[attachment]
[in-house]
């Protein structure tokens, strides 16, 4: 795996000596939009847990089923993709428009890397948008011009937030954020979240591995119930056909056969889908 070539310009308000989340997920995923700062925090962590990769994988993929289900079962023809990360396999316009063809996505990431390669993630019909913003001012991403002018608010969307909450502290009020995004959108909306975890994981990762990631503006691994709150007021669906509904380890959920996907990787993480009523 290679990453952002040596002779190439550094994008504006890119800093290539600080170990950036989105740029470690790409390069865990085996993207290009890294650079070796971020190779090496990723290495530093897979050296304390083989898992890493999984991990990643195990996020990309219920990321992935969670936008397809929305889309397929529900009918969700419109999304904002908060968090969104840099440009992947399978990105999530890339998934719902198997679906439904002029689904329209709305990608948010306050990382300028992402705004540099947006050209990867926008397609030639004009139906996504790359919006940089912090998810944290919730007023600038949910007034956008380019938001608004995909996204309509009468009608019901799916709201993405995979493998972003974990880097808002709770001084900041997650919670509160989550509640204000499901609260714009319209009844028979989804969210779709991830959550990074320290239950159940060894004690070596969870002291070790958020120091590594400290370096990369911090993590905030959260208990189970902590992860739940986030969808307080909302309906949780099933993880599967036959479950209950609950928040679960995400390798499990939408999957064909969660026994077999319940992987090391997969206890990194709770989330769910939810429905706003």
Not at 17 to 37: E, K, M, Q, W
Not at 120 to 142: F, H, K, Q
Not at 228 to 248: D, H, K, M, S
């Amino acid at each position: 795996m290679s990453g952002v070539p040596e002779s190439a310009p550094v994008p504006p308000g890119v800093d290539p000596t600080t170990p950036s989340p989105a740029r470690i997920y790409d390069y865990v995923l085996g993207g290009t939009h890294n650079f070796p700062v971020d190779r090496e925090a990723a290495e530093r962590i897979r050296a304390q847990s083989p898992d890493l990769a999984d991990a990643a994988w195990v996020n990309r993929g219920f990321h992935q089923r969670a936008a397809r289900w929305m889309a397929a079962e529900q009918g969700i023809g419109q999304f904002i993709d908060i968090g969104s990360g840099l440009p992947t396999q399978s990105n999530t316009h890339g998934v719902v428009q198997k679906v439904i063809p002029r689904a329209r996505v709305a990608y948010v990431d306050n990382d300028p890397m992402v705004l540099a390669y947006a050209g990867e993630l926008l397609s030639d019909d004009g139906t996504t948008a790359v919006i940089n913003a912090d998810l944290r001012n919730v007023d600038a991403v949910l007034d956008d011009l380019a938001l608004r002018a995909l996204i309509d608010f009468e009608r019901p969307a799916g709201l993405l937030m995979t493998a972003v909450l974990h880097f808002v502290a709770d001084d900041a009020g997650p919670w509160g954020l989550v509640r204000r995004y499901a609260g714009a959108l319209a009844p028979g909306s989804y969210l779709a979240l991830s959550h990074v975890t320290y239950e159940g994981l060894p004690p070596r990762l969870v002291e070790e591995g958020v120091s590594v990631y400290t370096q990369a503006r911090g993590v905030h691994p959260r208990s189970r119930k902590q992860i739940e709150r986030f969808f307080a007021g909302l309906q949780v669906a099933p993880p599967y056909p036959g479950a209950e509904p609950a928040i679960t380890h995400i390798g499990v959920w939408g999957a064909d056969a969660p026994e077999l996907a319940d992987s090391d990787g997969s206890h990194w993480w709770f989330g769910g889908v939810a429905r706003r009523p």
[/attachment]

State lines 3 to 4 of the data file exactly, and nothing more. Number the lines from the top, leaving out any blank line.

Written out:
Not at 17 to 37: E, K, M, Q, W
Not at 120 to 142: F, H, K, Q